10 Reasons You Should Never Take Your Kids to Fancy Restaurants


I have opinions on so many things – as does everyone else in the world. But one of the things about which I have the biggest opinion is children in high-end restaurants. Being that I am the mother of four, perhaps you might think that I’m all about it, but that would make you wrong. I am, like most parents I know, completely against taking my kids to a high-end dining establishment. And for those who still think that Red Lobster and Olive Garden are ‘fancy,’ I’m not talking about chain restaurants in which everyone in flip flops and jeans visits. I’m just not comfortable with my children in a high-end dining establishment. It’s not because they are not well-behaved in restaurants; they are. They’ve been dining out with us regularly since they were a week old, and they do very well in public places. However, I just have a feeling about this one.

My reasons are kind of selfish. For one, I love a good date night and I love a high-end restaurant. I don’t do everyday restaurants on date night, because those are the types of locations we take our kids. When it’s just my husband and I, I want something that enables me to dress up, that serves amazing bottles of wine and a place that allows me to feel child-free. And guess what? I don’t really care to see other children in these establishments either. It’s not that your kids bother me; they don’t. Kids in general don’t bother me in public, because your kids aren’t mine. I can ignore your kid like no one’s business if he or she is having a fit. I’m pretty good at it, especially being a parent myself. However, when I’m somewhere spending a couple hundred dollars on dinner, I don’t want to see kids. Sorry (not sorry). Here is my opinion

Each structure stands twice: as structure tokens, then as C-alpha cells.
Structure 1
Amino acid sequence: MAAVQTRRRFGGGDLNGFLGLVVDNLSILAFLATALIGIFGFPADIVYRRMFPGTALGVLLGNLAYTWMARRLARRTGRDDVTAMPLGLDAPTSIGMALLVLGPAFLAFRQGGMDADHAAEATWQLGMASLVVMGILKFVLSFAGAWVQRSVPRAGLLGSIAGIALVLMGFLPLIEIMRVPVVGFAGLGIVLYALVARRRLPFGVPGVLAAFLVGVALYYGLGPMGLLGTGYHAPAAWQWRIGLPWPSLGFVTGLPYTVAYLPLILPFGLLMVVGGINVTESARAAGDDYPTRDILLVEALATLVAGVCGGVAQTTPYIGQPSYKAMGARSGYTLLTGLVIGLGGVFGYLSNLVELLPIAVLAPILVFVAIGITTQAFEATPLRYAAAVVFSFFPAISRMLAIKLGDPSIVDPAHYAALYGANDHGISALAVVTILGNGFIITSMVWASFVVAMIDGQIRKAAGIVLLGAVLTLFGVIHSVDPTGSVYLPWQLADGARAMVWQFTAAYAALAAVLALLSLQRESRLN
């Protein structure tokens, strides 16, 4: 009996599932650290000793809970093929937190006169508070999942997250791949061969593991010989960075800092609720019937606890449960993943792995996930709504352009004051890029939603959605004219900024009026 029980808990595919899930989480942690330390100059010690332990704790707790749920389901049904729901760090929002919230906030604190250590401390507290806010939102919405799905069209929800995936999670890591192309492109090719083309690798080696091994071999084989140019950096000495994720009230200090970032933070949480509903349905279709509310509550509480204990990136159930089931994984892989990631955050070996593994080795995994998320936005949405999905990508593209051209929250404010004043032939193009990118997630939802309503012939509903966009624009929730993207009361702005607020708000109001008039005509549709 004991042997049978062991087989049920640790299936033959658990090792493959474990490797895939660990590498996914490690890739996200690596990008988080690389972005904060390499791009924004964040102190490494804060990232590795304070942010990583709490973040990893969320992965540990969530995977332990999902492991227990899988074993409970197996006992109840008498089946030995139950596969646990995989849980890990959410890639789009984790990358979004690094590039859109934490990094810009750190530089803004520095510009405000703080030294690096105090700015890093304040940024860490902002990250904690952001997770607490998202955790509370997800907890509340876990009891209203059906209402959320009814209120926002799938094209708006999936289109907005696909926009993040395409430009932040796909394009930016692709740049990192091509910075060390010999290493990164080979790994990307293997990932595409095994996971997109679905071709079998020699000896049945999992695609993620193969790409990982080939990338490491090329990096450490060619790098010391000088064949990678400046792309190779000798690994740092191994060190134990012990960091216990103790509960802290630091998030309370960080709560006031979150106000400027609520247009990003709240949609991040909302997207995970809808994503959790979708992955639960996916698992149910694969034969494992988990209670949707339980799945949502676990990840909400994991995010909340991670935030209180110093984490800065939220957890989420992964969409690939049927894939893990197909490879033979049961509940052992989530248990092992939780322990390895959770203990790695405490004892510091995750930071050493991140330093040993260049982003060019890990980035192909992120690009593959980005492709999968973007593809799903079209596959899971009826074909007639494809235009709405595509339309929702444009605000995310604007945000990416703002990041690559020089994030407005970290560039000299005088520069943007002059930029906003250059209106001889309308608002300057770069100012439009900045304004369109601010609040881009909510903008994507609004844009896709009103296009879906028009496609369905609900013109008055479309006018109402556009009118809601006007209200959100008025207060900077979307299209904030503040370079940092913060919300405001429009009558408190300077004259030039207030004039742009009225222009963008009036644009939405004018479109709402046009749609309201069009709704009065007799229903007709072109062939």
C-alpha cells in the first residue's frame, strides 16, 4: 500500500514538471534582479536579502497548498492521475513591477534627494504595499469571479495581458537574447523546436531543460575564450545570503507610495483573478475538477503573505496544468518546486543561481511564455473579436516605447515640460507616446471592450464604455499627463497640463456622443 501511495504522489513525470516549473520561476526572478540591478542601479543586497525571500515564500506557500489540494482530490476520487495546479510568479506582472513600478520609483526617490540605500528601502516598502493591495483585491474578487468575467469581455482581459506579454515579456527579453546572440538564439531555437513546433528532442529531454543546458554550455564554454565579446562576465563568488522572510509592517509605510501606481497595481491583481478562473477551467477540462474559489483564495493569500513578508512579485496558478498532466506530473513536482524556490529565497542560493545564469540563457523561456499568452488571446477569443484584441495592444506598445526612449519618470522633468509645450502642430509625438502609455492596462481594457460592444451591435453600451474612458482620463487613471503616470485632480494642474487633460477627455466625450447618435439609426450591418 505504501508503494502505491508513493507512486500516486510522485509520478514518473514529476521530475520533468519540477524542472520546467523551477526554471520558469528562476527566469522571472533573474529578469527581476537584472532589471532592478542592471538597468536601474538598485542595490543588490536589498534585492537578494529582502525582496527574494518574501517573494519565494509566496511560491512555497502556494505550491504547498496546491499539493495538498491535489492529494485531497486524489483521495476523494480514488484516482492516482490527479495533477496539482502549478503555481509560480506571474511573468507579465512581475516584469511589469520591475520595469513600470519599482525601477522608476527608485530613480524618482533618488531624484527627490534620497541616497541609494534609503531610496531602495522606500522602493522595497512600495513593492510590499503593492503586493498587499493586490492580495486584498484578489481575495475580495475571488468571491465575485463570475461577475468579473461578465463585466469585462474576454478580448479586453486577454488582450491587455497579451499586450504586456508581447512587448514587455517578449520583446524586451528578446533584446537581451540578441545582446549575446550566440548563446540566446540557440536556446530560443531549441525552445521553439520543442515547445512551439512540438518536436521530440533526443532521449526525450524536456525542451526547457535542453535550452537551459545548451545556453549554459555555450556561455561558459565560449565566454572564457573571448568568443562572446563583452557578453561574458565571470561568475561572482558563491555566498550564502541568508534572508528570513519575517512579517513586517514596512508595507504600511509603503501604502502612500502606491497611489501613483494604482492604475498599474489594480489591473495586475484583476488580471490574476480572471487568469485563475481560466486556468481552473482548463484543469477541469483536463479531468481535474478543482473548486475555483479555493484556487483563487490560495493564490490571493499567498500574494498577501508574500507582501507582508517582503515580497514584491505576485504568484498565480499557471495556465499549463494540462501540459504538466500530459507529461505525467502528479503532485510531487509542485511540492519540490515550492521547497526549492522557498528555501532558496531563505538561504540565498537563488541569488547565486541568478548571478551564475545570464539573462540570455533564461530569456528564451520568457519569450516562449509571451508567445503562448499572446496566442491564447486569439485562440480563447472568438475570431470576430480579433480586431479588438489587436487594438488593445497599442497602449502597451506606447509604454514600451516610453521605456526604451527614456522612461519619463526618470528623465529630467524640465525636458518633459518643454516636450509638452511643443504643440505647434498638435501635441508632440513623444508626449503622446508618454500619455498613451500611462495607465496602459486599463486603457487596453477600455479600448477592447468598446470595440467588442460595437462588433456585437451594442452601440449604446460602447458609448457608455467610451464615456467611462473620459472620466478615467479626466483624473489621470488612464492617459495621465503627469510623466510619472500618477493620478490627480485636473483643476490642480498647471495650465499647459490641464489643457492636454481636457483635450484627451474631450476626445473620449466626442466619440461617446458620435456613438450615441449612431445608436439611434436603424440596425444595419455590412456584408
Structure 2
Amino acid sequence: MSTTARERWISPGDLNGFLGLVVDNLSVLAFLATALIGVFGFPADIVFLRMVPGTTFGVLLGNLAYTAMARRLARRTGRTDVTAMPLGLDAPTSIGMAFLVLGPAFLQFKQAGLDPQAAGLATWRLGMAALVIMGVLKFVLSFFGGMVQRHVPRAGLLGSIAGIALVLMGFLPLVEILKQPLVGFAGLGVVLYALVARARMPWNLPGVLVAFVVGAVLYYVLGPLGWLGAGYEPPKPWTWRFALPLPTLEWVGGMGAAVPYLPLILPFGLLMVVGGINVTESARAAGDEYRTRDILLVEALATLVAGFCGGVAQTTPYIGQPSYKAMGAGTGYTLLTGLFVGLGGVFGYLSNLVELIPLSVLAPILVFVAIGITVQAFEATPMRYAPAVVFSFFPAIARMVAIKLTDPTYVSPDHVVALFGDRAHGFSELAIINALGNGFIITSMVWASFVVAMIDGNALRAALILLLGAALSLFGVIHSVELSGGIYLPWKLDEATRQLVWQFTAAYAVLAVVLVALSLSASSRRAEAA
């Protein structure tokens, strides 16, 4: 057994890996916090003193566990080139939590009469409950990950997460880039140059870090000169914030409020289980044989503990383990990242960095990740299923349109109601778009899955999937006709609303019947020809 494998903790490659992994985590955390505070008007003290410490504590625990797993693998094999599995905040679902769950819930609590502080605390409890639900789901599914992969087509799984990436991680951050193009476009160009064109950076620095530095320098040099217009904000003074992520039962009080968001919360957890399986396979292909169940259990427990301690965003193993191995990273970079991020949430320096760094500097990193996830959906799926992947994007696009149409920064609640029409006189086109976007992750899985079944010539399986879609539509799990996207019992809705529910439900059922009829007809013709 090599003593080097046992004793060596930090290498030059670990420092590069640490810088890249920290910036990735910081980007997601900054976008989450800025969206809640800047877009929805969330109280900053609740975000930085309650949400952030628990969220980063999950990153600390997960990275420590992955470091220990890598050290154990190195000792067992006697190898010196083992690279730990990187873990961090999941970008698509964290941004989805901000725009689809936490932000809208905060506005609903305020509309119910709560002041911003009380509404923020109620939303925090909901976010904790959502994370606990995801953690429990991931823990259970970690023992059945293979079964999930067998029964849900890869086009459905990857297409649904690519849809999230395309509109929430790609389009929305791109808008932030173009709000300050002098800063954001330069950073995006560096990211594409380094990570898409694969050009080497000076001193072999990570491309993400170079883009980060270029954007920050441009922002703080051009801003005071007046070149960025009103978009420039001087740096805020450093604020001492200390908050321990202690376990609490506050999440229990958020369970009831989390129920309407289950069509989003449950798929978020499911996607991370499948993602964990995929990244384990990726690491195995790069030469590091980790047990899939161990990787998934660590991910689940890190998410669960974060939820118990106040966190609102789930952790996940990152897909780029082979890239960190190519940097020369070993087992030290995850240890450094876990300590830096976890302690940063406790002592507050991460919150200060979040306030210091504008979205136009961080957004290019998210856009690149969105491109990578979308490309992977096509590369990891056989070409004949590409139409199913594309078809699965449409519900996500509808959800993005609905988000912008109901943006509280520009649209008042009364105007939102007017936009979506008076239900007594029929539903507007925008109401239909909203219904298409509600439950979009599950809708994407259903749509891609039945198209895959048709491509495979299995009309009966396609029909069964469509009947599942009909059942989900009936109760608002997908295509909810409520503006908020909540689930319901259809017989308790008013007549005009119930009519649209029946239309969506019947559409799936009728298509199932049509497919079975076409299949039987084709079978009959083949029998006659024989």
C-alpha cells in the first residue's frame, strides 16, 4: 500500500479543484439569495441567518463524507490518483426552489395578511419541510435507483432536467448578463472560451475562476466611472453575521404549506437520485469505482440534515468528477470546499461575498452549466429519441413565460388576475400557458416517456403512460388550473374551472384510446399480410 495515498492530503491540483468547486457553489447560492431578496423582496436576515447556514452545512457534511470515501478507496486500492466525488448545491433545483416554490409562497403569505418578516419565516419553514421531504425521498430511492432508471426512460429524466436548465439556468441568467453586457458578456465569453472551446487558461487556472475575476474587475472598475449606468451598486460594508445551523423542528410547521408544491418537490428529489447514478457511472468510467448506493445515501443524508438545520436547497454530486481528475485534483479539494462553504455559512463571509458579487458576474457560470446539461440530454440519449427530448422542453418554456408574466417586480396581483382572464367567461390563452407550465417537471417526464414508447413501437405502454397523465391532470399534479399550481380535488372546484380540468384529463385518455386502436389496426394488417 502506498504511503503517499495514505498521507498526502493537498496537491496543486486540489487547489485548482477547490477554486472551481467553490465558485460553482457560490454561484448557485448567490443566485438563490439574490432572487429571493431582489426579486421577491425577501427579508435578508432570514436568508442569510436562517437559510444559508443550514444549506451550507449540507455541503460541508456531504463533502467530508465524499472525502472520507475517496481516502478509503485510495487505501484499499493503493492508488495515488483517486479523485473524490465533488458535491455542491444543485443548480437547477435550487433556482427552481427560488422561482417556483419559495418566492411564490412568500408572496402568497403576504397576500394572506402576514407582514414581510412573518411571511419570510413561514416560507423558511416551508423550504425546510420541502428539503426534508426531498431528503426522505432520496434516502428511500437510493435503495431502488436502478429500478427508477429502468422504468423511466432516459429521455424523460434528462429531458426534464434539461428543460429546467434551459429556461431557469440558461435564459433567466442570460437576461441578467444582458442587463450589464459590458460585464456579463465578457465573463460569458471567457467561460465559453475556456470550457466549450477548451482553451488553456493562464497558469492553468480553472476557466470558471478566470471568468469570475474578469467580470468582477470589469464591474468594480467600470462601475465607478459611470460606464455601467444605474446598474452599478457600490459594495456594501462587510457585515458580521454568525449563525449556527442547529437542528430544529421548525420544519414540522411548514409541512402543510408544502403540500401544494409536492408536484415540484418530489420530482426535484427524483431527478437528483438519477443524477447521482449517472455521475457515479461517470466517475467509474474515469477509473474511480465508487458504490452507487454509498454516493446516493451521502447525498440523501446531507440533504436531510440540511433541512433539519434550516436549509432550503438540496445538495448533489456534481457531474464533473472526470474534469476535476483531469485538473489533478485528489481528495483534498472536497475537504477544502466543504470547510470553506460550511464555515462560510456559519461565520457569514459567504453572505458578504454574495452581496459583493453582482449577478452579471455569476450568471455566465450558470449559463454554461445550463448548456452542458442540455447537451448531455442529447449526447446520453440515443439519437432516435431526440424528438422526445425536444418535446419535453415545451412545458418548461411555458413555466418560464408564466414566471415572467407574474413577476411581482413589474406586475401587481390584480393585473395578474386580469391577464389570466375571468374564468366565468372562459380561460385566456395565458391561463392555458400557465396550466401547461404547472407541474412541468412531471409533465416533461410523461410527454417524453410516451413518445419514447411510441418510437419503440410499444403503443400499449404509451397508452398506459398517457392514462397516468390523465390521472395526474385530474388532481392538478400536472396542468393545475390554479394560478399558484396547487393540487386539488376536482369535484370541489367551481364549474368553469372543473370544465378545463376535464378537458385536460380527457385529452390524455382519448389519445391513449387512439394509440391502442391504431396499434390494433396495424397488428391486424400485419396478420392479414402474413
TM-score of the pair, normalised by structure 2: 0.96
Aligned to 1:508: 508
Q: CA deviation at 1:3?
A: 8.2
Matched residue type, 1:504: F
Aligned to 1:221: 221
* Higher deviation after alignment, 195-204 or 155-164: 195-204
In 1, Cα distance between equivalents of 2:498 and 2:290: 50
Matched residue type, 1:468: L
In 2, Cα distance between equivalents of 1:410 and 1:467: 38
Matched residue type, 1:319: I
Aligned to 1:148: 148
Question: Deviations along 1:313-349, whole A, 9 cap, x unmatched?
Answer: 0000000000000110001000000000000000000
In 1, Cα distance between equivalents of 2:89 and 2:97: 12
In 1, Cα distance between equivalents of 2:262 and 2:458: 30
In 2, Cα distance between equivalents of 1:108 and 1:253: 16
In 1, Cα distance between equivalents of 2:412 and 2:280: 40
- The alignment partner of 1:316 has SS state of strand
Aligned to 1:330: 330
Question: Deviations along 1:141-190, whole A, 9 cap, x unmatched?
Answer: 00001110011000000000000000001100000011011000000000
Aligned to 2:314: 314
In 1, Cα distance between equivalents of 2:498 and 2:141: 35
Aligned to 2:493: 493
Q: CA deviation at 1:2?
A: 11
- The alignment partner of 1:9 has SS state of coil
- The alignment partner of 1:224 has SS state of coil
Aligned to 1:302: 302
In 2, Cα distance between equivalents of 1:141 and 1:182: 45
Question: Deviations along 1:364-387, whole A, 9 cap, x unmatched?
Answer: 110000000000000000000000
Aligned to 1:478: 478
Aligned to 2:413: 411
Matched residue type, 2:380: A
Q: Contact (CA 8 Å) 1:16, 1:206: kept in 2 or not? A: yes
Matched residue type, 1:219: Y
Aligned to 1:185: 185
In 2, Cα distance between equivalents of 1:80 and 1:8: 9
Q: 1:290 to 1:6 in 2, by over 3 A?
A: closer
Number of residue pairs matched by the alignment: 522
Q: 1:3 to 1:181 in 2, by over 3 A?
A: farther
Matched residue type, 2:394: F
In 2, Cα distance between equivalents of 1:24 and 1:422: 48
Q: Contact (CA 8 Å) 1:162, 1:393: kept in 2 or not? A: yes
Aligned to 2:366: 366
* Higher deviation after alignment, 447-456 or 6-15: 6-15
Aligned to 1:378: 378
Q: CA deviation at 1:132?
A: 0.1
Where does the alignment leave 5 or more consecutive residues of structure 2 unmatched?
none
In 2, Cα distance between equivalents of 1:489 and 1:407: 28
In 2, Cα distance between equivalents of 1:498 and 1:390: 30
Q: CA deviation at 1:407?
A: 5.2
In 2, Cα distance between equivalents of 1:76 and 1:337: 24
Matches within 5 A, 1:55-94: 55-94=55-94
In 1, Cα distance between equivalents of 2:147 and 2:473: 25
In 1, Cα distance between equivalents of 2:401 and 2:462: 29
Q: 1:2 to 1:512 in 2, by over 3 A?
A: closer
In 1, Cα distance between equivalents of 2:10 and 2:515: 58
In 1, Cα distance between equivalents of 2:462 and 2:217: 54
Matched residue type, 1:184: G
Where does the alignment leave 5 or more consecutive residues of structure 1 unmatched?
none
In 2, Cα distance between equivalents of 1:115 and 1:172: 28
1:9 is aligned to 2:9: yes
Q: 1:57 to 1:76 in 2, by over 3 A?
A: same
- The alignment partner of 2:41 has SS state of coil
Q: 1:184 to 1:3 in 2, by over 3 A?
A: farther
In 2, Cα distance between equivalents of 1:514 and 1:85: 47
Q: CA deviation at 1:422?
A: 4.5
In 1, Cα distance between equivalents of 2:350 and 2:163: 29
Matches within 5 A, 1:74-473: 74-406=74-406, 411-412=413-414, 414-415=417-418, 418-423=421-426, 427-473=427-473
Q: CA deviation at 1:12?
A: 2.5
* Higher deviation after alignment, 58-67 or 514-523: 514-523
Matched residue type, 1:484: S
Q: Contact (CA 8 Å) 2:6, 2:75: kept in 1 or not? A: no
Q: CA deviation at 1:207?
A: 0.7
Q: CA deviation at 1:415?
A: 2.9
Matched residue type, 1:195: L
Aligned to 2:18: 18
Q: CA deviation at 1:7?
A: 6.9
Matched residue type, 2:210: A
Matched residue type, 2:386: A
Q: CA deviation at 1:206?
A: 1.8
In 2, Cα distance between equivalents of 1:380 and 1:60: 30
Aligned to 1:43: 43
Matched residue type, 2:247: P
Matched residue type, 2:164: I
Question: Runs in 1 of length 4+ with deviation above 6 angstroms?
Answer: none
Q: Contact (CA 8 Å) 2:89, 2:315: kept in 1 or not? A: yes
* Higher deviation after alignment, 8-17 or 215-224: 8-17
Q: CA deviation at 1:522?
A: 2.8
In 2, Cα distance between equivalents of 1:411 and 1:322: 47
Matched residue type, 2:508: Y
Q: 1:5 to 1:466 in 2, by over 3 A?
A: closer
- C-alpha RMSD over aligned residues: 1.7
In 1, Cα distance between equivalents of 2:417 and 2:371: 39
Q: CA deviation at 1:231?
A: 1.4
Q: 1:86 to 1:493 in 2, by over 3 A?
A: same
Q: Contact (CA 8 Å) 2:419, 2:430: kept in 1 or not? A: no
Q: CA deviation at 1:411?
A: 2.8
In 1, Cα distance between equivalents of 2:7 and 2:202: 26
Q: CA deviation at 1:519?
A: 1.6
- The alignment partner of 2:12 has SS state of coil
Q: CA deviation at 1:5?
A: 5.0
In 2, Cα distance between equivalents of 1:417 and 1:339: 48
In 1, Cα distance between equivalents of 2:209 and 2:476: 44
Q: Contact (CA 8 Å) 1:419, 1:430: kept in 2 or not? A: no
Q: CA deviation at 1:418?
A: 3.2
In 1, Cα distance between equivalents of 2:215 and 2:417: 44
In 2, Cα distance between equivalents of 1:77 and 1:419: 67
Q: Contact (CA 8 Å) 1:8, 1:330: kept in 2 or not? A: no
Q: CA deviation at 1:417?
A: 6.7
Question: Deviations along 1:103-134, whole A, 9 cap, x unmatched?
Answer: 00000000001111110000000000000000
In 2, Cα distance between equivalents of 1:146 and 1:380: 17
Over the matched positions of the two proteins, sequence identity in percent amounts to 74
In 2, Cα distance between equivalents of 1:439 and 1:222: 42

Fancy dinners are for date nights

Listen, if I want to go somewhere for date night and don’t care about the kind of people with whom I am dining, I’ll head to the Olive Garden and have dinner with everyone in their tank tops, shorts and with their kids. I like the Olive Garden’s unlimited soup and salad and breadsticks as much as the next person, and I go places like that fully expecting to see families with kids. I take my own kids there. However, when I head to New York City with a reservation at 21 Club, I am doing this fully expecting not to see kids. Fancy dinner is for date night – and date night is not for children.

People pay a lot of money for the atmosphere

It’s the simple truth. More often than not, it’s the atmosphere people pay for more than the food. When my husband and I choose a fancy restaurant, it’s typically because we want good wine and great ambiance. It’s also because I want to put on a pair of Manolo Blahniks and a gorgeous dress and feel fancy for an evening. That means I’m about to drop serious cash, and it doesn’t feel quite right with kids present.

People specifically choose these locations because they assume there will not be kids